Question: I am hoping you can point me in to the right direction. I need some general information on assisted living and their rules and regulations. My questions are:
1. Is there a ratio with LPN/CMT regulation regarding medications, treatments, injections of insulin?
2. How many residents that take medications can be assigned to one LPN/CMT? For instance, the assisted living facility I work for has 38 residents on the Assisted Living and 16 in the Memory Care Unit.
Out of the 54 residents, 52 receive medication.
It is one (1) person passing medication, doing treatments, administering insulin, eye drops, TENS machine, administering medicated creams, removal and applying TED hose, finger sticks for diabetics, plus handling any falls, physician orders, or emergencies with residents. We also need to receive daily medication from our outside pharmacy for the 45+ residents.
As well as charting, and each evening shift nurse/CMT is responsible for medication cart audit.
Our medication carts are stationary and do not move.
If you could help me with my questions I would appreciate it.
Thank you for contacting the Maryland Board of Nursing with a request for general information on assisted living and the applicable rules and regulations. The MBON does not regulate facilities, assisted living or otherwise. Please review the website for the Office of Health Care Quality (OHCQ) Regulations on Assisted Living
As to your questions that are related to the regulation of nurses and certified medication technicians, and decisions on delegation of treatments, medications, and general nursing cares that you identified in this case (or any other), you will need to carefully review the available evidence. In this case, that means referring to Chapter 11 Delegation of Nursing Functions COMAR 10.27.11, pages 1-9.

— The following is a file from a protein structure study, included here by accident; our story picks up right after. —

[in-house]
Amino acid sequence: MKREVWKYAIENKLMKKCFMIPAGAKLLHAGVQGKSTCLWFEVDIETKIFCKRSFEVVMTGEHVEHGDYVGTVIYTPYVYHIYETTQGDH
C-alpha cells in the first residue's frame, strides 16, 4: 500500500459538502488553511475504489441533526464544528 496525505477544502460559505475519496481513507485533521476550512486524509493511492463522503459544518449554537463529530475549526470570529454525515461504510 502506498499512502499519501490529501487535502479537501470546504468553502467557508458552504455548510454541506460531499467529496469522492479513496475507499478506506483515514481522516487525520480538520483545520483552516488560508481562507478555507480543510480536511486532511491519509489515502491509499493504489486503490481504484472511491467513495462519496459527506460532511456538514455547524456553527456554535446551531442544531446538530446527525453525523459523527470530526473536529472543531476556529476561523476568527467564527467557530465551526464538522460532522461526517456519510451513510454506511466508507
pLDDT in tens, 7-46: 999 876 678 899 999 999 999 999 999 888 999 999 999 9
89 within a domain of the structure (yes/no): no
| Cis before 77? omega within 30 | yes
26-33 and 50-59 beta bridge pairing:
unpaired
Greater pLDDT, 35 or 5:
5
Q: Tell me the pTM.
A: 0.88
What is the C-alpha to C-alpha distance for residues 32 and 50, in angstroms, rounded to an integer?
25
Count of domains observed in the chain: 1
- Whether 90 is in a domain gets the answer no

The Nurse Practice Act and Annotated Code of Regulations (COMAR) for Nurses are both available on our website but can be difficult to locate and sort through; we are in the process of revising our website to make it more user-friendly. It is essential to read the entire chapter as no one line or section can stand alone as you address these questions of nursing practice and delegation.
Additionally, for such important and far-reaching decisions, the registered nurse needs to refer to the Joint Statement on Delegation from the American Nurses Association (ANA) and the National Council of State Boards of Nursing (NCSBN). One of the attachments to the position statement (attached in this email) is an excellent Decision Tree for reaching a decision in the type of delegation questions you pose.
We realize you may have been hoping for an answer that quoted some Nurse:Patient ratios or a specific number of patients requiring medications that can be assigned to one CMT or nurse, or other quantified or definitive response. However, this type of issue can only be resolved by a thoughtful, evidence-based approach by the nurses and the agency/facility involved. It is not appropriate for someone remote from the situation to dictate specific practice decisions and delegation from afar. Please work with your agency leadership to resolve these questions keeping patient safety as the primary issue. Thank you for your care to the citizens of Maryland and your support of the board's mission: to advance safe quality care in Maryland through licensure, certification, education and accountability for public protection. Most particularly, thank you for allowing us the opportunity to share with you the Board's commitment to evidence-based practice and regulation.